The story concerns Danila, the young apprenticeís desire to create the most perfect work of art, a malachite chalice in the form of a "stone flower." He makes the mistake of ignoring his true love, Katerina, while he pursues his artistic project. As a result, the town drunk, Seryevan, goes after the abandoned girl who is rescued by the men at the carnival. The Mistress of the Mountain, Danilaís artistic muse, first murders Seryevan, and then tries to capture the soul of Danila, tempting him with all the beauties of the gemstones, each of which performs a special dance. But he resists her and she punishes him by chaining him to the rocks in her cavern. A fire spirit enchants Katerina and leads her to the cavern where Danila is held captive. The two women battle for his soul; he breaks free, fights off the Mistress of the Mountain and he and Katerina embrace. The Mistress of the Mountain, generous in defeat, returns them to the forest and in a final tableau blesses their love.

Video is standard 1990 broadcast quality, probably transferred directly to NTSC from Russian SECAM. Or, since most of the video crew appeared to be Japanese, perhaps it was an original NTSC production. I got the best sound from the dts tracks. Surround perspective is natural; orchestral detail opens up nicely, with applause coming from the rear and the little bit of stage noise, about what you would hear in a live performance, confined to the center front. When twenty dancers leap in the air at once, you are going hear them come down, however gracefully they do it. An audience is present and they applaud at the end of spectacular set pieces, of which there are a good number. A couple of times the audience reaction sounds like a canned applause track, most other times it sounds natural, which suggests that this video was probably spliced together from several taped full performances with some additional music recorded without an audience. That is to say someone has gone to a great deal of trouble to give us a seamless high quality presentation.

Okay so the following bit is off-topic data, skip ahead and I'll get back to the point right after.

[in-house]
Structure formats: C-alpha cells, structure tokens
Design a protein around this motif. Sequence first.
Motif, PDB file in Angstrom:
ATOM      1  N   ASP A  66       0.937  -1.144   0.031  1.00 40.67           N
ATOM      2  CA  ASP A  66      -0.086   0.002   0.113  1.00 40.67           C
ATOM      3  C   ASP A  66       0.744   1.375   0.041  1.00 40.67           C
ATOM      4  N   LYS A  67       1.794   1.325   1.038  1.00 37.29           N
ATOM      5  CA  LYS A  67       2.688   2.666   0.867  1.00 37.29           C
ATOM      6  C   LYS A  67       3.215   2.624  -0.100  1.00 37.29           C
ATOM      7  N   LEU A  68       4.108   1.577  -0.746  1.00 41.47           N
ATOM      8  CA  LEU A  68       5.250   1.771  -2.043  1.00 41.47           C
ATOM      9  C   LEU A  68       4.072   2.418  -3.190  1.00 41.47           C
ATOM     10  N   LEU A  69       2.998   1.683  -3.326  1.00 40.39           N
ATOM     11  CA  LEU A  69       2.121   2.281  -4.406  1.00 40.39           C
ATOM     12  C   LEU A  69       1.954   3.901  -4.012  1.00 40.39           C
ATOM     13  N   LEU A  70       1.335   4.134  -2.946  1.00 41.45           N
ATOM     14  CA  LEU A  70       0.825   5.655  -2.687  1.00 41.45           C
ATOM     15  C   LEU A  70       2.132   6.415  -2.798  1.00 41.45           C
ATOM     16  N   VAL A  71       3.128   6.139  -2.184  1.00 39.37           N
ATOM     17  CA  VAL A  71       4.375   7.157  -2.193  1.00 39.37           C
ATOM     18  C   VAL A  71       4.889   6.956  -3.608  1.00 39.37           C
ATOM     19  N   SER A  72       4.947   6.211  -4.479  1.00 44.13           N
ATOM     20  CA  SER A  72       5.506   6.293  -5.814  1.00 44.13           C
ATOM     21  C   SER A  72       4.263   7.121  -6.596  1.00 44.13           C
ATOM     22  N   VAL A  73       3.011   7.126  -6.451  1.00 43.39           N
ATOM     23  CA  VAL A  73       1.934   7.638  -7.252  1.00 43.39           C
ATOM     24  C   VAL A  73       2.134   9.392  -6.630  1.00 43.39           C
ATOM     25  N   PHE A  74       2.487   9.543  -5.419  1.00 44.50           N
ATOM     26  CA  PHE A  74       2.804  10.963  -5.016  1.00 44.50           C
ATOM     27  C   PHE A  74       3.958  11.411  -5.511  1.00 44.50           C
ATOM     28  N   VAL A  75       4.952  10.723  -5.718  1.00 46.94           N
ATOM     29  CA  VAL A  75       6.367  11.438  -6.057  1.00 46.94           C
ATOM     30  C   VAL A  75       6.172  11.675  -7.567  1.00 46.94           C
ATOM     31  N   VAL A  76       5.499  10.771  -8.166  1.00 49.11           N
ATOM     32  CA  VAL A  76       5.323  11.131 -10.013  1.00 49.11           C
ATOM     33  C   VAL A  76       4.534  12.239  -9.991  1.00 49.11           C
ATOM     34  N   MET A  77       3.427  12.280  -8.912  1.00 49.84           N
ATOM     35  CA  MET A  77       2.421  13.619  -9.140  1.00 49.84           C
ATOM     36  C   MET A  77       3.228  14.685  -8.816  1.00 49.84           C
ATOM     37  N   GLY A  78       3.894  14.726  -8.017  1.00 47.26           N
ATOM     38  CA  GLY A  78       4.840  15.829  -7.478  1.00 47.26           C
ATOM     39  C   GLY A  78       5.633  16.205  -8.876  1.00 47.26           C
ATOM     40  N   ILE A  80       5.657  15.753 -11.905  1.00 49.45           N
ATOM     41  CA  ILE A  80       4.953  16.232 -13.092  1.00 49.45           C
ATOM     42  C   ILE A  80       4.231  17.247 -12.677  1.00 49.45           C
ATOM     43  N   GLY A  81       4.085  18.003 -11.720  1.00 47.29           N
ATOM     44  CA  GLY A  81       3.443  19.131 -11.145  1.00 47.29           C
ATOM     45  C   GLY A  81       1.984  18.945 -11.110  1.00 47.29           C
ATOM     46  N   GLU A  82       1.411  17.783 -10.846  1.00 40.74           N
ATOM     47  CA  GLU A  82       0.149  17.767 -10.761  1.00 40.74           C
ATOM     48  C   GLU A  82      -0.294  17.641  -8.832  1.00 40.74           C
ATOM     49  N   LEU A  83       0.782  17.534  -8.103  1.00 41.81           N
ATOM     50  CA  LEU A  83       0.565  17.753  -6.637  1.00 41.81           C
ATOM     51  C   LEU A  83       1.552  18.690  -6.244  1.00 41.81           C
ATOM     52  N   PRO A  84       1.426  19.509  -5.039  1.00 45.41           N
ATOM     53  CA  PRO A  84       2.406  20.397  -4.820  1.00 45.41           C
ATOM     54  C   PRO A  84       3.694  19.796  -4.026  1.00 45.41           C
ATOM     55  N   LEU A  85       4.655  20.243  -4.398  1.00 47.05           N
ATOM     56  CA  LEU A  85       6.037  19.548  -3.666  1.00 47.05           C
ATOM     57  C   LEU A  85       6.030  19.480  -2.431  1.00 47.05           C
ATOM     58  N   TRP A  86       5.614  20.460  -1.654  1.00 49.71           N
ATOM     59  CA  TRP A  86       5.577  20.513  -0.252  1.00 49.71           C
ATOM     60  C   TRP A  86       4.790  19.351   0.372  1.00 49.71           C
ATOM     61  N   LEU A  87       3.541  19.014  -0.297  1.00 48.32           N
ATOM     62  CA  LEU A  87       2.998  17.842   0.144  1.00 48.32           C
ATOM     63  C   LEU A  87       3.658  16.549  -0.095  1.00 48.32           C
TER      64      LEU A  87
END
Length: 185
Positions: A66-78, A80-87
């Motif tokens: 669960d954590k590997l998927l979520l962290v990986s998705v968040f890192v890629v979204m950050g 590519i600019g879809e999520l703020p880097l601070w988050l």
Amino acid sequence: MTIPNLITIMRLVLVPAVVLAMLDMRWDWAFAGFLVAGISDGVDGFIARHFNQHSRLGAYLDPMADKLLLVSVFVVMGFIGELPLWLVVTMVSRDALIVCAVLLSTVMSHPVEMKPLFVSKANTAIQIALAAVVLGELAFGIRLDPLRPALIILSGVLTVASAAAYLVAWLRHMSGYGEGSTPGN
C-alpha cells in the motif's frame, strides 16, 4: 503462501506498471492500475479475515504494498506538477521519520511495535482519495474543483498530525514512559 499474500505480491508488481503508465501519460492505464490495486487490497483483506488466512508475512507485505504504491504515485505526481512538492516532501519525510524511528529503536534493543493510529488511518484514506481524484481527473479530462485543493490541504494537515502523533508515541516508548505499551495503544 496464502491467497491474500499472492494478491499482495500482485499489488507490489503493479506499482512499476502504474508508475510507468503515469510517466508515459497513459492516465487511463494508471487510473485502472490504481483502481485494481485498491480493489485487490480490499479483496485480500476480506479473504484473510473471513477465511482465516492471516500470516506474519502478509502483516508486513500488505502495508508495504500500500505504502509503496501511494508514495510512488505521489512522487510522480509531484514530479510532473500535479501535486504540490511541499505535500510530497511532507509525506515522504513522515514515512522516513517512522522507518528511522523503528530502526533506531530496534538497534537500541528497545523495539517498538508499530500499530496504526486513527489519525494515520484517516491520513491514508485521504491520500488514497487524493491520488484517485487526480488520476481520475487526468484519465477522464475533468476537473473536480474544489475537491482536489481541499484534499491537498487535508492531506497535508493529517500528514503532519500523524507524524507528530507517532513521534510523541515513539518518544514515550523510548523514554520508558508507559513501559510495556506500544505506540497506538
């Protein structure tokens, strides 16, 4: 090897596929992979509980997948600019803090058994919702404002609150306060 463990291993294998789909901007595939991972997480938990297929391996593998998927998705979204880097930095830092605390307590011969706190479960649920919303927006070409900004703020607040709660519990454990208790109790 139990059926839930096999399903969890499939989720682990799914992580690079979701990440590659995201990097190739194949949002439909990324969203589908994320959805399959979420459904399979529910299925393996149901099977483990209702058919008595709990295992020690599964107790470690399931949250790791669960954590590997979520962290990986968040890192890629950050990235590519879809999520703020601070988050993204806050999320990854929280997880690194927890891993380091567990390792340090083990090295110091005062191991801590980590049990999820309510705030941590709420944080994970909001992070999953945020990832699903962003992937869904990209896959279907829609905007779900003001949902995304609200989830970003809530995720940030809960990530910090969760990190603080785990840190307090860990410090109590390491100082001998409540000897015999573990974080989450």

Although Prokofievís title included the word "pantomime", traditional classical ballet lovers will be delighted with most of the dancing which is utterly spectacular throughout, each of the four principals delivering a legendary performance. Nikolai Dorokhov performs brilliantly, especially in his obligatory display piece with multiple rapid turns and spectacular leaps. Lyudmilla Semenyaka is heartbreakingly gentle and graceful as the young lover; Nina Semizorova is magisterial and charismatic as the magical Mistress of the Copper Mountain and her duet with Dorokhov offers some of the most dramatic and spectacular dancing Iíve ever seen. Yuri Vetrov as the violent, evil, drunk miner is brilliantly in character throughout. It is a constant wonder how he can stumble and stagger so violently and be so graceful about doing it. When the earth opens up and swallows him alive, it is the most horrifying on-stage death since Poulencís Dialogues des Carmelites.

I did not make a detailed comparison of the audio only recording with the soundtrack of the DVD for several reasons. First, both are extremely effective and without obvious flaw in my memory. Second, an audio-only version should be different from a video soundtrack in that real dancers don’t have to dance to it, so tempi and transitions can be performed entirely musico-logically without reference to such considerations as to whether there’s actually time to get from A to B. As a result, comparison might be unfair, since the sound track to the danced version is not supposed to be listened to by itself, nor is the audio-only recording supposed to be danced to. My feeling is that with this work you want to own both versions, for the symphonic qualities of the score would be less obvious in a theater version than in the complete concert version.

Paul Shoemaker